Advice for Parents with Special Needs Babies

Advice for Parents with Special Needs Babies

Top Advice for special needs parents or family members:

If your child or other loved one has a new diagnosis of having special needs, if an accident or birth trauma has left a loved one with a traumatic brain injury or other disability, or if you are expecting a child and have discovered they will not be a “typical” child first let me say: I’m so sorry. I know this isn’t easy. In fact, this may be the most difficult and heart-breaking thing you’ve ever faced. But know you’re not alone! There are many, many families who have special needs family members and have faced the shock, the pain, the denial (or sometimes relief) of getting a diagnosis and have made it through. Here is some of the advice I’ve gotten from other people and some things I’ve learned along the way that has helped me keep my sanity, hold it together and move towards a better place.

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  1. Best advice I ever received: It’s going to get easier. Just hang in there and take it one day at a time. Truly, it’s going to get easier.
  2. When thinking of your child’s future, only look 6 months ahead. If your child is still an infant, you don’t need to be worrying about whether he or she will go to “normal” school or special education, or if they will graduate high school or go to college or go married or any of it. If you are thinking that long term, STOP. You’ll make yourself crazy. Thinking 6 months ahead is manageable. Thinking years ahead is not.
  3. Doctors cannot tell the future. If someone has told you your child will never walk, will never talk, will never … whatever else, thank them for their opinion and then disregard it. NO ONE knows the future, and no one will determine what your child can do except your child. Think of all the people you’ve heard of who were told they’d never walk again and they prove doctors wrong.
  4. Go easy on the research. When we first got my daughter’s diagnosis, I did my own research online and ended up curled up in a bawl sobbing and never wanting to get out of bed again after finding all kinds of scary stuff I read online. Later, when we had new information to add to the diagnosis, I asked my sister to research for me. She was able to filter out some of the horror stories and cut it down to what I could handle at the time and what I needed to know at the time. That helped a ton!
  5. Connect with other families who have a child or loved one with special needs, even if it’s not the same diagnosis. They are the only ones who will really understand and it will help to look around and know you’re not the only ones dealing with this.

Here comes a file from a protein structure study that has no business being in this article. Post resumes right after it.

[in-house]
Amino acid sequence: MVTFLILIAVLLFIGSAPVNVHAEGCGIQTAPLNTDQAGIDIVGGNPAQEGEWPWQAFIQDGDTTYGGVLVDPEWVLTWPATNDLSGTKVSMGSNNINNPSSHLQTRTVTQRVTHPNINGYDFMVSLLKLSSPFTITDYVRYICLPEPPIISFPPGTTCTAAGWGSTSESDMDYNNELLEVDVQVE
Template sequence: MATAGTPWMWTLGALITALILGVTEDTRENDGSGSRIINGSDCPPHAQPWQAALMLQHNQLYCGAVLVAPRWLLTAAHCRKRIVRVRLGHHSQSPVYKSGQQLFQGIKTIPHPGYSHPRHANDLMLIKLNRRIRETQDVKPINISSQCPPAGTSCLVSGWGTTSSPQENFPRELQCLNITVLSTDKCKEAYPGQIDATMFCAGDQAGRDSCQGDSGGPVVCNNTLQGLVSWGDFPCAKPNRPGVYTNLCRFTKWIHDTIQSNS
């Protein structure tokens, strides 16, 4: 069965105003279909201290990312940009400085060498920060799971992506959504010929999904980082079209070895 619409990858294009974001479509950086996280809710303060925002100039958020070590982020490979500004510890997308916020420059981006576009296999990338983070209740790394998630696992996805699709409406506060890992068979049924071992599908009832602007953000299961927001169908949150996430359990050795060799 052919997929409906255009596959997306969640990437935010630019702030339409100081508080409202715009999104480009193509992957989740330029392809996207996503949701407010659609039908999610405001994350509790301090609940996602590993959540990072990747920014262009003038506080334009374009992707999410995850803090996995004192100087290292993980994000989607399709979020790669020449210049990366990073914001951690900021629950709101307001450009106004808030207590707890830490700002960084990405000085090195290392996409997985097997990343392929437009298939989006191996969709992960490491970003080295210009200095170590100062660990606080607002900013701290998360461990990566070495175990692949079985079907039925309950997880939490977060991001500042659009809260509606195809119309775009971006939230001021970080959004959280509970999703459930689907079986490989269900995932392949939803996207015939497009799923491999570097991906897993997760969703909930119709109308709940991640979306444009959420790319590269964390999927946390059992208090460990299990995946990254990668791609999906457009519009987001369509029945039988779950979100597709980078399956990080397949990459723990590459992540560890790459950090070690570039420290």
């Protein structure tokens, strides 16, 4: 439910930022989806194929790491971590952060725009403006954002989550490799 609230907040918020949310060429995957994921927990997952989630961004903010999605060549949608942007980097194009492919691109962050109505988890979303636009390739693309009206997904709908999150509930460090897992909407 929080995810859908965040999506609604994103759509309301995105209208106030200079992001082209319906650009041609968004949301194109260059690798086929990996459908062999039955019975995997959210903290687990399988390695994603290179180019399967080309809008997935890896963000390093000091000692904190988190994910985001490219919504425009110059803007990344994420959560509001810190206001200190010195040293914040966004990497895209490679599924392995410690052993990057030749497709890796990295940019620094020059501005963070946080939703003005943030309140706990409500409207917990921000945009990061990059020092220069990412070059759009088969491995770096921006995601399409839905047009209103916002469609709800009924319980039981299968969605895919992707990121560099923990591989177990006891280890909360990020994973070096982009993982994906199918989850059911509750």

6. Go to therapist for yourself and your own mental health. If possible, find a therapist who has counseled relatives of special needs individuals before. Some early childhood intervention companies that do home therapies also employ a mental health therapist who can also come to your home if you can’t get to an appointment.
  7. Celebrate every little accomplishment! If that accomplishment is rolling over or picking up their head, smiling or laughing, walking or sitting up, breathing on their own or learning how to suck on their own – every little accomplishment is significant. It’s not fair that it’s harder for our children and loved ones to accomplish small things than for other people, but that’s how it is. When they do accomplish something, they had to work hard for and it IS a big deal!
  8. Accept that your child will do things in their own time. Don’t compare them to other children. I had to stop reading the developmental milestones charts. I try to know what milestones we should be looking for but not align them with age. My daughter will get to them when she gets to them. If she never gets to them, that’s ok too. She is who she is, and she is perfect the way she is. So is your child. He or she will do things in their own time, and they are perfect and beautiful just the way they are.
  9. Stay involved in life outside your family unit as much as possible. It can be very isolating to have a child with special needs, especially when the differences start becoming apparent. It can be very hard to face other families when their children are moving into new stages and your child is not, or when you feel like they have no clue what your reality is life, or when you feel others are judging, but try to stay connected!
  10. Allow yourself to grieve. You are grieving for the life you thought you would have, and the life you thought your child or loved one would have. You are grieving for the dreams you had for your child or loved one, which may not be possible now. You are grieving for a future-life lost. It’s ok to grieve for all of that. The stages of grief are denial, anger, bargaining, depression and acceptance. I’ll talk more about these later. You can expect to go through back and forth through these stages many times in the days and months and years to come. It's important to let yourself feel and experience these emotions. It’s the only way to heal.
  11. Eventually you will get used to the new reality. It will stop shocking you every time you think of the diagnosis. It will stop being so overwhelming. You will stop bursting into tears at random moments throughout the day. You will learn how to cope with this new reality. You will figure out what works for your loved ones and for you. The situation will hurt for a long time, maybe forever, but you will learn to deal with it and you will be stronger than ever. You will make it. Just get up every day and keep breathing. Hang in there.

Please comment below and share your experience with us, or give us a feedback about this article. If you think some tips are not included here, please let us know so that we could share them with the rest.